Hydeia Broadbent was diagnosed as HIV-positive at age three. By the time she was six, she was already sharing her story publicly to lessen the stigma around the disease. On the final day of the 19th International AIDS Conference, host Michel Martin speaks with Broadbent, who is now in her 20s, about living with HIV. She's involved in a new awareness program from the Centers for Disease Control and Prevention called "Let's Stop HIV Together."
Originally published on Mon October 22, 2012 11:34 am
Here in the U.S., McDonald's food is not usually considered all that healthy. But in China, it is.
That's because Chinese consumers trust American brands more than their own, says Shaun Rein, founder of China Market Research, who studies Chinese consumer behavior. Rein says that in China, McDonald's is seen as providing safe and wholesome food.
Mitt Romney figures, why just create gaffes in the United States when I can do the same in Europe? But before he leaves he socks it to the president at the VFW. Also, a look ahead to Tuesday's Republican Senate runoff in Texas. And Alaska Republican Don Young and Hawaii Democrat Mazie Hirono make nice in a most unusual commercial.
Join NPR's Ken Rudin and Ron Elving in the latest installment of the It's All Politics podcast.
We ran into USA Men's basketball at the security sweep today. Yes, even big-time basketball players and coaches must suffer the indignity of the magnetometer. We were all making our way through security into the Main Press Center, where the team was about to meet journalists.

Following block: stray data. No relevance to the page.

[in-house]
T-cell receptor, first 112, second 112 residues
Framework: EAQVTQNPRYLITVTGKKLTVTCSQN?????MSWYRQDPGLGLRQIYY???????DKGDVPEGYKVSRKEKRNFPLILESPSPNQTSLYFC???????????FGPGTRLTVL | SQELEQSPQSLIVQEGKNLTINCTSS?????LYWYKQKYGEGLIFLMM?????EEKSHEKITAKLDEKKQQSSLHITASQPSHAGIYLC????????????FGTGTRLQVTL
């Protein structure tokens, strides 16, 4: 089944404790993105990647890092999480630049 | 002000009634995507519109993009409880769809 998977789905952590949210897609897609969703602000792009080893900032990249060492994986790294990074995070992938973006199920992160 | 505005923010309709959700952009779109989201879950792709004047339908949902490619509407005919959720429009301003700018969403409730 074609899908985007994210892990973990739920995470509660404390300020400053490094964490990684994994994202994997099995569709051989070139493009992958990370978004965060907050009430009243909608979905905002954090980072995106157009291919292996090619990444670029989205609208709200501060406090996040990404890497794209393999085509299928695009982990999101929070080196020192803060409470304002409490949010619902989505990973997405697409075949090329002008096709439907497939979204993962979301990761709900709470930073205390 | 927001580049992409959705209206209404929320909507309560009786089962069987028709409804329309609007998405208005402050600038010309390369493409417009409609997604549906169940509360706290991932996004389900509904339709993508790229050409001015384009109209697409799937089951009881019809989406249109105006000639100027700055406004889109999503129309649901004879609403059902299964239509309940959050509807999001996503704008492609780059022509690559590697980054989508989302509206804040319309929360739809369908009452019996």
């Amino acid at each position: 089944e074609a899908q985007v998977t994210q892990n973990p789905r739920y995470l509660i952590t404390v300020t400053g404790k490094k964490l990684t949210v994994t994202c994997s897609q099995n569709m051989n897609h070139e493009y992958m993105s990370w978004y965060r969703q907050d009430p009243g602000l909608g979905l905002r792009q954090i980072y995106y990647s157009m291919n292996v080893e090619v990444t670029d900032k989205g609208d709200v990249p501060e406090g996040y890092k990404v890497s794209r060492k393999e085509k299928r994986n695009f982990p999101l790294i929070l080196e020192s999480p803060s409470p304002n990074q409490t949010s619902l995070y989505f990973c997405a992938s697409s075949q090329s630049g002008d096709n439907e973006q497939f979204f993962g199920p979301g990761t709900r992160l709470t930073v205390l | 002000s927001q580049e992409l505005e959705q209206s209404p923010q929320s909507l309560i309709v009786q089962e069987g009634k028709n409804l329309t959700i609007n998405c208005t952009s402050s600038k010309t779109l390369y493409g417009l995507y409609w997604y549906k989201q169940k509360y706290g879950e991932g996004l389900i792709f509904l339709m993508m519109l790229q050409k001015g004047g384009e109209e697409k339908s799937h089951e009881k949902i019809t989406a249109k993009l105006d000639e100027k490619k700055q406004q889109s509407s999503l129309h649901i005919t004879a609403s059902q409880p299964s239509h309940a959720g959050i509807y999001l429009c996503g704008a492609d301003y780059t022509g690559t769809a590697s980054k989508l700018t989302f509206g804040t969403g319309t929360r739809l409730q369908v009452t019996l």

USA Basketball chairman Jerry Colangelo, coach Mike Krzyzewski and much of the rest of the team seemed to have little trouble getting screened. Assistant coach Nate McMillan may have forgotten to empty his pockets, because he got the pat-down.
Gene Autry, Bette Davis and Buster Keaton are just a few of the names that draw flocks of tourists to Forest Lawn Memorial Park in the Hollywood Hills.
But there's a lesser-known man among the silver screen legends: Frank Inn, a pioneering animal trainer who made stars out of animals.
Inn's own life closely resembled a Hollywood film. Born into a strict Quaker family from Indiana, Inn set his sights on the movie business early. In the mid-1930s, while still in his teens, Inn hitchhiked west to Los Angeles.